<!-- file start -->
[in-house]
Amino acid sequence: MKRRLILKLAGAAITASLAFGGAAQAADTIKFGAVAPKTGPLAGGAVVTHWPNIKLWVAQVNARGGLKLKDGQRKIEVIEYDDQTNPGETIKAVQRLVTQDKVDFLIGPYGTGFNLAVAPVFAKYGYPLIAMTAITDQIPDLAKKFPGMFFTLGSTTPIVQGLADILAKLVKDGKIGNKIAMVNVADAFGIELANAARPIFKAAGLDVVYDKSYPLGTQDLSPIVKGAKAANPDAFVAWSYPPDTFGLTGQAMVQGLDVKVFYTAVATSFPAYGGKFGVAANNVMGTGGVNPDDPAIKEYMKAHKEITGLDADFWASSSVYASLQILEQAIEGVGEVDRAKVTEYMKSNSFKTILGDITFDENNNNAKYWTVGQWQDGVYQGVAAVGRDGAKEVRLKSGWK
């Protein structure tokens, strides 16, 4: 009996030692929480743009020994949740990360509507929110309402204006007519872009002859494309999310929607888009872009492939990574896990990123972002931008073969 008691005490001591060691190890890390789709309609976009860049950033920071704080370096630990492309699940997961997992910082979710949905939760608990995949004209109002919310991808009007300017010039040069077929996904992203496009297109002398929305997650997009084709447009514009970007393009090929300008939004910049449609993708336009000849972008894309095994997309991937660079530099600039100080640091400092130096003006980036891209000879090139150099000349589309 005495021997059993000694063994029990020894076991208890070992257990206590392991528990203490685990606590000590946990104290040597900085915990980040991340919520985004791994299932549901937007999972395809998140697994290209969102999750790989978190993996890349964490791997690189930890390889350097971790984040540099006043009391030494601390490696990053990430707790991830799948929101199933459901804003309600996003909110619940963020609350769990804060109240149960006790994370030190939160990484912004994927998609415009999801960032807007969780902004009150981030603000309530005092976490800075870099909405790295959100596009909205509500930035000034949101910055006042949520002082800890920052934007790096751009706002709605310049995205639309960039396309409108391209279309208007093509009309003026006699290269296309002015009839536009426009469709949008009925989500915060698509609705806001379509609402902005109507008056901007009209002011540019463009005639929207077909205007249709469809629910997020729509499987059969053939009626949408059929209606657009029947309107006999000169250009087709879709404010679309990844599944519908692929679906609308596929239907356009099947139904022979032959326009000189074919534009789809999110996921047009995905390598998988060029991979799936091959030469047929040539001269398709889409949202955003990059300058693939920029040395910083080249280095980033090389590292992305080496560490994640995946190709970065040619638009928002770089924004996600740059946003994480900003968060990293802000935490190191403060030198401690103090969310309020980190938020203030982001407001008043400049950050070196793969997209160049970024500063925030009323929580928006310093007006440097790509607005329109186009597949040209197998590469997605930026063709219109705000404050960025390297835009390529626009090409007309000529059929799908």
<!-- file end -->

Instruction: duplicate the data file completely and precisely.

[in-house]
Amino acid sequence: MKRRLILKLAGAAITASLAFGGAAQAADTIKFGAVAPKTGPLAGGAVVTHWPNIKLWVAQVNARGGLKLKDGQRKIEVIEYDDQTNPGETIKAVQRLVTQDKVDFLIGPYGTGFNLAVAPVFAKYGYPLIAMTAITDQIPDLAKKFPGMFFTLGSTTPIVQGLADILAKLVKDGKIGNKIAMVNVADAFGIELANAARPIFKAAGLDVVYDKSYPLGTQDLSPIVKGAKAANPDAFVAWSYPPDTFGLTGQAMVQGLDVKVFYTAVATSFPAYGGKFGVAANNVMGTGGVNPDDPAIKEYMKAHKEITGLDADFWASSSVYASLQILEQAIEGVGEVDRAKVTEYMKSNSFKTILGDITFDENNNNAKYWTVGQWQDGVYQGVAAVGRDGAKEVRLKSGWK
């Protein structure tokens, strides 16, 4: 009996030692929480743009020994949740990360509507929110309402204006007519872009002859494309999310929607888009872009492939990574896990990123972002931008073969 008691005490001591060691190890890390789709309609976009860049950033920071704080370096630990492309699940997961997992910082979710949905939760608990995949004209109002919310991808009007300017010039040069077929996904992203496009297109002398929305997650997009084709447009514009970007393009090929300008939004910049449609993708336009000849972008894309095994997309991937660079530099600039100080640091400092130096003006980036891209000879090139150099000349589309 005495021997059993000694063994029990020894076991208890070992257990206590392991528990203490685990606590000590946990104290040597900085915990980040991340919520985004791994299932549901937007999972395809998140697994290209969102999750790989978190993996890349964490791997690189930890390889350097971790984040540099006043009391030494601390490696990053990430707790991830799948929101199933459901804003309600996003909110619940963020609350769990804060109240149960006790994370030190939160990484912004994927998609415009999801960032807007969780902004009150981030603000309530005092976490800075870099909405790295959100596009909205509500930035000034949101910055006042949520002082800890920052934007790096751009706002709605310049995205639309960039396309409108391209279309208007093509009309003026006699290269296309002015009839536009426009469709949008009925989500915060698509609705806001379509609402902005109507008056901007009209002011540019463009005639929207077909205007249709469809629910997020729509499987059969053939009626949408059929209606657009029947309107006999000169250009087709879709404010679309990844599944519908692929679906609308596929239907356009099947139904022979032959326009000189074919534009789809999110996921047009995905390598998988060029991979799936091959030469047929040539001269398709889409949202955003990059300058693939920029040395910083080249280095980033090389590292992305080496560490994640995946190709970065040619638009928002770089924004996600740059946003994480900003968060990293802000935490190191403060030198401690103090969310309020980190938020203030982001407001008043400049950050070196793969997209160049970024500063925030009323929580928006310093007006440097790509607005329109186009597949040209197998590469997605930026063709219109705000404050960025390297835009390529626009090409007309000529059929799908």